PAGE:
• Click the Search icon on the Taskbar and type "Task Scheduler"
  • You can also go to Start - Windows Administrative Tools - Task Scheduler
  • In the left pane should be "Task Scheduler Library", select it
  • Find the Opera Automatic Update Task in the list. Right-click it and select "Delete"

That's it! Now we can run Opera without it updating itself and removing the VR Player.
Run Opera and Confirm Correct Version
  • Run one of the shortcuts you modified above to start the Opera Brower with Automatic Updates disabled
  • In the address bar, type the following command:
    and press Enter. This should bring up the About Opera information page
  • You should see "Opera 55.0" at the top of the page, and Version should read "55.0.2994.61 - Update checker is disabled"
  • If so, great! If you see a later version listed, then you'll need to uninstall Opera and start again from the beginning.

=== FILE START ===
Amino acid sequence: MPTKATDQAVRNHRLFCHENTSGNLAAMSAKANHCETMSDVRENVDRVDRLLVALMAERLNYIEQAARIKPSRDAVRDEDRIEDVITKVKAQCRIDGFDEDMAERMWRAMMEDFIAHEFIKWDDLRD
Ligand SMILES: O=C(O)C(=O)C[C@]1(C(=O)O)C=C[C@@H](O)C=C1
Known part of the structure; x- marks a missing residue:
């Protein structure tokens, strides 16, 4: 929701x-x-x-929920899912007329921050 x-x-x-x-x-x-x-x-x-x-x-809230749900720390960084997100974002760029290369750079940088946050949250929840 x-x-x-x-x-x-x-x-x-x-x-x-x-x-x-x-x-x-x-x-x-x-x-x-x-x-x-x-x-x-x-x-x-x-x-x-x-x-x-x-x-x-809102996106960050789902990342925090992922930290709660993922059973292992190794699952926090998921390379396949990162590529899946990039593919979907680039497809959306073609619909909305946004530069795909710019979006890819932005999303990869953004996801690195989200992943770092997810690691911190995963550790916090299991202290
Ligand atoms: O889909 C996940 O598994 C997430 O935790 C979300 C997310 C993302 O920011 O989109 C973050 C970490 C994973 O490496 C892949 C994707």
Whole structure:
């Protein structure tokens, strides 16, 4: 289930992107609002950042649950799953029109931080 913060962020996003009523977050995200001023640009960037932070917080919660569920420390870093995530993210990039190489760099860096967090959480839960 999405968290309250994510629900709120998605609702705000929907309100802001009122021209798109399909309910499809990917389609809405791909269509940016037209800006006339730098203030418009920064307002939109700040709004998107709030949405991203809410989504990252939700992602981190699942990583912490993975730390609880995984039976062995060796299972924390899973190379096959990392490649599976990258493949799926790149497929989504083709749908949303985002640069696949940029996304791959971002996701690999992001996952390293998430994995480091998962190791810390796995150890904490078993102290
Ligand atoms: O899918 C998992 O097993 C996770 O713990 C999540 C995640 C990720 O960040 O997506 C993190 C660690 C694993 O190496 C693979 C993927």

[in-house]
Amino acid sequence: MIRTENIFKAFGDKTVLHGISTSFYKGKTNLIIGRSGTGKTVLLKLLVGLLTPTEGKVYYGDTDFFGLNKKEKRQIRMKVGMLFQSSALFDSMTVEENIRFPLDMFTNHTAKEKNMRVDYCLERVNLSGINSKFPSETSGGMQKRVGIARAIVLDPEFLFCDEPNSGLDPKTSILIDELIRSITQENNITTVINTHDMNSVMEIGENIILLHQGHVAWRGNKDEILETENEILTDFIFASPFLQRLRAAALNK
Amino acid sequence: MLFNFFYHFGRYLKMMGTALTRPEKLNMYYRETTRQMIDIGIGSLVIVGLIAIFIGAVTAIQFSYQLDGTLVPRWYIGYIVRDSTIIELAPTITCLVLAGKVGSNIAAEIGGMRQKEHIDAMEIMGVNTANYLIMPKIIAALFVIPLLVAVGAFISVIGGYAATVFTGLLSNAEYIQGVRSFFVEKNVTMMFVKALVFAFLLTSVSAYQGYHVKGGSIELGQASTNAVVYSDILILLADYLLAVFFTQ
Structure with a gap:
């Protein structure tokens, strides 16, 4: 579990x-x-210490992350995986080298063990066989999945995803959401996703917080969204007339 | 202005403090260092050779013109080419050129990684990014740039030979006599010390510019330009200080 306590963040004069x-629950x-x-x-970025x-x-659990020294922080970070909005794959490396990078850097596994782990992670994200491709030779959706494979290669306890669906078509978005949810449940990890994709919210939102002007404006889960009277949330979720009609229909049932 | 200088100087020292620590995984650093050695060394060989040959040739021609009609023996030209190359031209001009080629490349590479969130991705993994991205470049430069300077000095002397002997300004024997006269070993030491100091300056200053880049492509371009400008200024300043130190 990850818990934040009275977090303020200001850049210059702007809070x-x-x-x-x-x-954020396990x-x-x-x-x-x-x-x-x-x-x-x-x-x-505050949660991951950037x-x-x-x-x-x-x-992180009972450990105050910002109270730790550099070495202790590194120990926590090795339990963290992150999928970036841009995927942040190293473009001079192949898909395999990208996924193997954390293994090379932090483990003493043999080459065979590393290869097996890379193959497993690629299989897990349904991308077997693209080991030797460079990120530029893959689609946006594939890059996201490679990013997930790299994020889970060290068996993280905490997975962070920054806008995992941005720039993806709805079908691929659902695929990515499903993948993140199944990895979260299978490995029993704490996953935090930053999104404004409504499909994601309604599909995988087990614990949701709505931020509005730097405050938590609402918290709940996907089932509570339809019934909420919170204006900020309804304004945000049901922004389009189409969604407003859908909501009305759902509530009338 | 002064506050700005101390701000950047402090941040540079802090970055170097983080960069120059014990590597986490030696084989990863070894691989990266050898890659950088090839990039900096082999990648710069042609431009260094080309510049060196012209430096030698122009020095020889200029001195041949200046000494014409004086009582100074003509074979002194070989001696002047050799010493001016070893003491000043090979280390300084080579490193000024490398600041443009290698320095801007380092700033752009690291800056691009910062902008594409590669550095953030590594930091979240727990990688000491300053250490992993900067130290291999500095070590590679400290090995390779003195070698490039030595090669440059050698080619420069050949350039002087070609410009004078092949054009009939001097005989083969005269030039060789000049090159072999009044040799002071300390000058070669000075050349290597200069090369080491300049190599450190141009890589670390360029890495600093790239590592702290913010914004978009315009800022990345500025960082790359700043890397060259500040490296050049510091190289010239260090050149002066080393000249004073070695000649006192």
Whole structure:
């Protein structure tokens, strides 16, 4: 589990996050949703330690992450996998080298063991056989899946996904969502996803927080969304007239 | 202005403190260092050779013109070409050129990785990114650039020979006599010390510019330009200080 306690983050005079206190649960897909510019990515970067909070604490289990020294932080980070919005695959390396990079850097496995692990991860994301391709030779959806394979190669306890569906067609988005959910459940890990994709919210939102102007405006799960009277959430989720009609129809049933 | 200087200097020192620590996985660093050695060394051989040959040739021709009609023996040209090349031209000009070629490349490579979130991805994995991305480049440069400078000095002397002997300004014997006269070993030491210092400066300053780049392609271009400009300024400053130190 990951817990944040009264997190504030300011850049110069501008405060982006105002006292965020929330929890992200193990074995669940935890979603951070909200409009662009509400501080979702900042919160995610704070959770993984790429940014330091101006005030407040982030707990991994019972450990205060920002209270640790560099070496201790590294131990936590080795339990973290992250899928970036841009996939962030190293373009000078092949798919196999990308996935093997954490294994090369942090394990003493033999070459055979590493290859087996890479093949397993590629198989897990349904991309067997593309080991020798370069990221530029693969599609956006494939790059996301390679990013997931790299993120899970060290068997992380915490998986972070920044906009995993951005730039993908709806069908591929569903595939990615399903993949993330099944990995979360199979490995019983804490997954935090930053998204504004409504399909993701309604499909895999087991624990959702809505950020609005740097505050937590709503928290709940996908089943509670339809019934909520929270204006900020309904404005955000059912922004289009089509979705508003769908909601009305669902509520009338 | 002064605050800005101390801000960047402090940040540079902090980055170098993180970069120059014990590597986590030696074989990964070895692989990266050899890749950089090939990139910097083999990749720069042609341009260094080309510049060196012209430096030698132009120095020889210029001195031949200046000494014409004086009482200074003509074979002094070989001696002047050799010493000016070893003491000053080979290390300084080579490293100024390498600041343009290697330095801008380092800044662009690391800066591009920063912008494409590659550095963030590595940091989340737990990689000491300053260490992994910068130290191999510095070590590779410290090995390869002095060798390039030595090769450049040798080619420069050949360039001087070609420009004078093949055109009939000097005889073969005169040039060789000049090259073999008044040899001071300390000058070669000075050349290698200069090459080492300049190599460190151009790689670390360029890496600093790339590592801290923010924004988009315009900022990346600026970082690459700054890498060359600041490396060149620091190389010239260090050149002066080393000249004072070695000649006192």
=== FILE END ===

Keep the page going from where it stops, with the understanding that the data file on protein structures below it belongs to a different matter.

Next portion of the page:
• If you get 360° videos to work the first time, but they don't work the next time you run Opera, check your version again, because some element of the Autoupdate process may have found a way to run.
Enjoy 3D and 360° Video Content!
Congratulations! You made it! It's just that easy!
  • Have your headset in standby mode. (You can also browse using the Virtual Desktop inside your headset if desired.)
  • Open the Opera Browser with one of the shortcuts modified above, and go to YouTube.
  • Find a 3D or 360° video to watch.
  • When hovering over the video Window with your cursor, you should see a small VR headset icon appear at the top of the video. Click it to send the video to the Opera VR Player inside your headset. (Mine does not have the "Watch in VR" text.)

  • Put on your headset and configure the video play options
  • There are at least 11 geometry formats for 3D and 360° video, only one will be correct for each video, and the software cannot automatically identify which is being used so it's likely the video is going to look Weird and Wrong at first. It's usually a process of trial and error to determine which is correct from the video you're watching. You can select Flat, 180° and 360° geometry, each of which can have stereoscopic options of None, Bottom-Down, and Left-Right. You can also select Cube geometry which has options for 2D and 3D.